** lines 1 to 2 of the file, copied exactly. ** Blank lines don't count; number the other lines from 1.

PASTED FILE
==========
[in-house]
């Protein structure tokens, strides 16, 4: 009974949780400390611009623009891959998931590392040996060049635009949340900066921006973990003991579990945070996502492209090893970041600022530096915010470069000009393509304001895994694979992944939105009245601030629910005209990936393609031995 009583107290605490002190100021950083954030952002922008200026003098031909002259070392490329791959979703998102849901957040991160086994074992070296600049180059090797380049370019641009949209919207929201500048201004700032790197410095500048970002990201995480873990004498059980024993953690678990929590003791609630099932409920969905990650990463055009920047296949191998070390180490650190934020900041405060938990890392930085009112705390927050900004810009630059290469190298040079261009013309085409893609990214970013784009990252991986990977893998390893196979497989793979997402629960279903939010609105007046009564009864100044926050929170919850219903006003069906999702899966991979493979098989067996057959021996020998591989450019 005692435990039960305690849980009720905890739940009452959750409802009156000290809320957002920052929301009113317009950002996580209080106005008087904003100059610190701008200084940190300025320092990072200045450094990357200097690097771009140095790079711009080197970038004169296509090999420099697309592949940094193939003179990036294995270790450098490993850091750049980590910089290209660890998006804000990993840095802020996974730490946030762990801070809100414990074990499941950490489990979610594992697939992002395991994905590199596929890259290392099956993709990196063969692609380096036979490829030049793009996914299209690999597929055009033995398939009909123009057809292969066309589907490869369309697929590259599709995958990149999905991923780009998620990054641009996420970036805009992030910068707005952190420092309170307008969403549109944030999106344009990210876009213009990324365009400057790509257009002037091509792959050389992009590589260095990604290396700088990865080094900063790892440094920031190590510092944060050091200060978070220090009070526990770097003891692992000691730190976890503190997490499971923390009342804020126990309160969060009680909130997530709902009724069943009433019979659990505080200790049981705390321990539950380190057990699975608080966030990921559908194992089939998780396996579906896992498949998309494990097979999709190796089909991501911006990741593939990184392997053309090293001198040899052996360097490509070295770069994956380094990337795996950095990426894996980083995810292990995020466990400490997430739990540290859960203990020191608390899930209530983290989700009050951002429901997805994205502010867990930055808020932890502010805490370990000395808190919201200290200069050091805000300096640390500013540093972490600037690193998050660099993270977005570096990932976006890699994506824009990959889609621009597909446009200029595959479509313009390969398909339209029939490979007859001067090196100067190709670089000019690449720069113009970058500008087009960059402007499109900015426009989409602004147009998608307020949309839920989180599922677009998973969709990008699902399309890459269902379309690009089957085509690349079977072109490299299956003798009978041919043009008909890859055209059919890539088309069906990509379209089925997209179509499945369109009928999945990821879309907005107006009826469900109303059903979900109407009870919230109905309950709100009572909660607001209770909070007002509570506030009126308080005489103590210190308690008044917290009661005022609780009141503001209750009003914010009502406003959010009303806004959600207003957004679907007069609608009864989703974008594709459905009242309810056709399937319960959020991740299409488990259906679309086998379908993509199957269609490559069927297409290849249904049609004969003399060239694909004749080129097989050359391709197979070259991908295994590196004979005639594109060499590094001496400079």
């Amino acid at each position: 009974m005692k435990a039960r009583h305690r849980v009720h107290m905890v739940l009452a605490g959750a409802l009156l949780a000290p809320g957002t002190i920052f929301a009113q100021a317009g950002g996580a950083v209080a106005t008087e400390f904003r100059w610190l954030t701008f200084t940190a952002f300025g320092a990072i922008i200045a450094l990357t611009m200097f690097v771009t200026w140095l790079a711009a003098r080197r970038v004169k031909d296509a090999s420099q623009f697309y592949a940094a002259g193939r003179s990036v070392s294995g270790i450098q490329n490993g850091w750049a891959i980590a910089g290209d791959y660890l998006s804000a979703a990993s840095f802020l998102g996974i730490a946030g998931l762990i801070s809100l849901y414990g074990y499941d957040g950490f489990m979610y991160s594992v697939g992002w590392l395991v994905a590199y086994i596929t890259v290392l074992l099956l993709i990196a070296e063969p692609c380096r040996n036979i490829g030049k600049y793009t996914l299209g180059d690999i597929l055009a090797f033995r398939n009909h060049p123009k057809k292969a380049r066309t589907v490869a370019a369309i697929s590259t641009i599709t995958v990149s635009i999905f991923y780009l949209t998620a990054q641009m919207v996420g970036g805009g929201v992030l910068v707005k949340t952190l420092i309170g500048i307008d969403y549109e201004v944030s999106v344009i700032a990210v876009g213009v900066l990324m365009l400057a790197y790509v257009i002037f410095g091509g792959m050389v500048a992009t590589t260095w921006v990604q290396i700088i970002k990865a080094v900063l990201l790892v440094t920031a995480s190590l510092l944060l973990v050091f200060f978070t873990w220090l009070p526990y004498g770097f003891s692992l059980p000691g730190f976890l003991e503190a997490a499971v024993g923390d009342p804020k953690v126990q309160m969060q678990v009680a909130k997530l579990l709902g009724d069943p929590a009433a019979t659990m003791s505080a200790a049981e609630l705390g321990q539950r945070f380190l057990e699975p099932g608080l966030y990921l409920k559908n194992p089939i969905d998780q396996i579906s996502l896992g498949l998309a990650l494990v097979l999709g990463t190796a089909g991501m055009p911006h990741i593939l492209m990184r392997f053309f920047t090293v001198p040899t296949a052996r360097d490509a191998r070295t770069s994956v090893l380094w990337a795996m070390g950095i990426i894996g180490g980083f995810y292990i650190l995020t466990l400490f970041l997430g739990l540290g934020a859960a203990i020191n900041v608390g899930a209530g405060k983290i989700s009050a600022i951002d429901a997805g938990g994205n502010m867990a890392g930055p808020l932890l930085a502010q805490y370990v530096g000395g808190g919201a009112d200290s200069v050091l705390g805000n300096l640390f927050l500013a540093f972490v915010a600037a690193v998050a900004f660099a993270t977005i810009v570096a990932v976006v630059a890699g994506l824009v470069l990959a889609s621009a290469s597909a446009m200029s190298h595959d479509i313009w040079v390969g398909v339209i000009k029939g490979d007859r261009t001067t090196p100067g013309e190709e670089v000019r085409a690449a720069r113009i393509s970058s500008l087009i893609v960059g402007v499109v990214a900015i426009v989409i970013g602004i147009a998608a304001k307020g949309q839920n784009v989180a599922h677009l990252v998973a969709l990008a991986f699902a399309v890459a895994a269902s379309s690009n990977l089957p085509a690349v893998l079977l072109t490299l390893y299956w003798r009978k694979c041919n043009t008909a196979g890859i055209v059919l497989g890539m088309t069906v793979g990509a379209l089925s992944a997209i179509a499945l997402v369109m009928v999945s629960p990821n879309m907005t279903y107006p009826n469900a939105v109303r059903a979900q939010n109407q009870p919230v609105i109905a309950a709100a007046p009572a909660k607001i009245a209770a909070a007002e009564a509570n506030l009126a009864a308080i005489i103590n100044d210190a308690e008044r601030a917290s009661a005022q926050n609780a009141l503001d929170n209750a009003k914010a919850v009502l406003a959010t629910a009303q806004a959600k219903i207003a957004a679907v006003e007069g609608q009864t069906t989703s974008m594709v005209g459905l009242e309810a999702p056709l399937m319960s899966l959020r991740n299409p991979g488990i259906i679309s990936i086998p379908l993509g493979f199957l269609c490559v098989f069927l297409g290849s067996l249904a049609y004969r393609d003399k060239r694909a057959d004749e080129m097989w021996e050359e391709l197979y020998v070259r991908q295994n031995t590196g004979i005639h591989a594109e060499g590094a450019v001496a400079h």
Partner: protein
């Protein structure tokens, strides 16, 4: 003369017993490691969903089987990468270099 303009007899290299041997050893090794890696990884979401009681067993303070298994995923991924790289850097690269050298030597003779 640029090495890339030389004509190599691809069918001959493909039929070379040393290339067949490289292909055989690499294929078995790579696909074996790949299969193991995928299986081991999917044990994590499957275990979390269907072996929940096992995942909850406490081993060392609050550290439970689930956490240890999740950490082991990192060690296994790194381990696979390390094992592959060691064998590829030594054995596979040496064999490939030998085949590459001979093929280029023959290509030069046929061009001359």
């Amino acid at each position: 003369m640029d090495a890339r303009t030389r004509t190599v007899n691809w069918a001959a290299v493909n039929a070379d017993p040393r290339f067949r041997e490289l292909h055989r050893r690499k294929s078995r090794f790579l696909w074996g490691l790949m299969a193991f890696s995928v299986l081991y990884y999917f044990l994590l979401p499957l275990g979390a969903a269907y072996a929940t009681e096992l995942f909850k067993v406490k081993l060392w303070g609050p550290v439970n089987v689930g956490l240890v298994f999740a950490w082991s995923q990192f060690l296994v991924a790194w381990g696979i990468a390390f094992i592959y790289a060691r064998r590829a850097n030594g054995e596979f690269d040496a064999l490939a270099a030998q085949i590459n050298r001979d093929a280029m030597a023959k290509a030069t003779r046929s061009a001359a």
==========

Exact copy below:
[in-house]
């Protein structure tokens, strides 16, 4: 009974949780400390611009623009891959998931590392040996060049635009949340900066921006973990003991579990945070996502492209090893970041600022530096915010470069000009393509304001895994694979992944939105009245601030629910005209990936393609031995 009583107290605490002190100021950083954030952002922008200026003098031909002259070392490329791959979703998102849901957040991160086994074992070296600049180059090797380049370019641009949209919207929201500048201004700032790197410095500048970002990201995480873990004498059980024993953690678990929590003791609630099932409920969905990650990463055009920047296949191998070390180490650190934020900041405060938990890392930085009112705390927050900004810009630059290469190298040079261009013309085409893609990214970013784009990252991986990977893998390893196979497989793979997402629960279903939010609105007046009564009864100044926050929170919850219903006003069906999702899966991979493979098989067996057959021996020998591989450019 005692435990039960305690849980009720905890739940009452959750409802009156000290809320957002920052929301009113317009950002996580209080106005008087904003100059610190701008200084940190300025320092990072200045450094990357200097690097771009140095790079711009080197970038004169296509090999420099697309592949940094193939003179990036294995270790450098490993850091750049980590910089290209660890998006804000990993840095802020996974730490946030762990801070809100414990074990499941950490489990979610594992697939992002395991994905590199596929890259290392099956993709990196063969692609380096036979490829030049793009996914299209690999597929055009033995398939009909123009057809292969066309589907490869369309697929590259599709995958990149999905991923780009998620990054641009996420970036805009992030910068707005952190420092309170307008969403549109944030999106344009990210876009213009990324365009400057790509257009002037091509792959050389992009590589260095990604290396700088990865080094900063790892440094920031190590510092944060050091200060978070220090009070526990770097003891692992000691730190976890503190997490499971923390009342804020126990309160969060009680909130997530709902009724069943009433019979659990505080200790049981705390321990539950380190057990699975608080966030990921559908194992089939998780396996579906896992498949998309494990097979999709190796089909991501911006990741593939990184392997053309090293001198040899052996360097490509070295770069994956380094990337795996950095990426894996980083995810292990995020466990400490997430739990540290859960203990020191608390899930209530983290989700009050951002429901997805994205502010867990930055808020932890502010805490370990000395808190919201200290200069050091805000300096640390500013540093972490600037690193998050660099993270977005570096990932976006890699994506824009990959889609621009597909446009200029595959479509313009390969398909339209029939490979007859001067090196100067190709670089000019690449720069113009970058500008087009960059402007499109900015426009989409602004147009998608307020949309839920989180599922677009998973969709990008699902399309890459269902379309690009089957085509690349079977072109490299299956003798009978041919043009008909890859055209059919890539088309069906990509379209089925997209179509499945369109009928999945990821879309907005107006009826469900109303059903979900109407009870919230109905309950709100009572909660607001209770909070007002509570506030009126308080005489103590210190308690008044917290009661005022609780009141503001209750009003914010009502406003959010009303806004959600207003957004679907007069609608009864989703974008594709459905009242309810056709399937319960959020991740299409488990259906679309086998379908993509199957269609490559069927297409290849249904049609004969003399060239694909004749080129097989050359391709197979070259991908295994590196004979005639594109060499590094001496400079």